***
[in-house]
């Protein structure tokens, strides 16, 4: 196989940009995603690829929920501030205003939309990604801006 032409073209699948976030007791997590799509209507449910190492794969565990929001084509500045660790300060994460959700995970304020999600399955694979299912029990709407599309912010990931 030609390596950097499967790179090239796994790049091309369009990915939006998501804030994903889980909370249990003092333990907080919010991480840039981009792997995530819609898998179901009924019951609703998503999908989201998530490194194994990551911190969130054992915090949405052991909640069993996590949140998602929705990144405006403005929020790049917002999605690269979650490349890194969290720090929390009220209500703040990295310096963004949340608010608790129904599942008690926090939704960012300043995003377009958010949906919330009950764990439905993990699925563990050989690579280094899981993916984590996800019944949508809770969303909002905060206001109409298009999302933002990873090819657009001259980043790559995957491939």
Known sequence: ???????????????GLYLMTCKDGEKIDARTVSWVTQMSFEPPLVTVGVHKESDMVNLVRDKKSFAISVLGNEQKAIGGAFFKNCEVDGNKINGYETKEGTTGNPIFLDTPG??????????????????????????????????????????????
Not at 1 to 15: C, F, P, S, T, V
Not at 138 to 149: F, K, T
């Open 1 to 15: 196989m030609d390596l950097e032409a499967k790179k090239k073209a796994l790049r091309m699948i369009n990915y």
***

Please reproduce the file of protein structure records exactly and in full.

[in-house]
């Protein structure tokens, strides 16, 4: 196989940009995603690829929920501030205003939309990604801006 032409073209699948976030007791997590799509209507449910190492794969565990929001084509500045660790300060994460959700995970304020999600399955694979299912029990709407599309912010990931 030609390596950097499967790179090239796994790049091309369009990915939006998501804030994903889980909370249990003092333990907080919010991480840039981009792997995530819609898998179901009924019951609703998503999908989201998530490194194994990551911190969130054992915090949405052991909640069993996590949140998602929705990144405006403005929020790049917002999605690269979650490349890194969290720090929390009220209500703040990295310096963004949340608010608790129904599942008690926090939704960012300043995003377009958010949906919330009950764990439905993990699925563990050989690579280094899981993916984590996800019944949508809770969303909002905060206001109409298009999302933002990873090819657009001259980043790559995957491939």
Known sequence: ???????????????GLYLMTCKDGEKIDARTVSWVTQMSFEPPLVTVGVHKESDMVNLVRDKKSFAISVLGNEQKAIGGAFFKNCEVDGNKINGYETKEGTTGNPIFLDTPG??????????????????????????????????????????????
Not at 1 to 15: C, F, P, S, T, V
Not at 138 to 149: F, K, T
């Open 1 to 15: 196989m030609d390596l950097e032409a499967k790179k090239k073209a796994l790049r091309m699948i369009n990915y």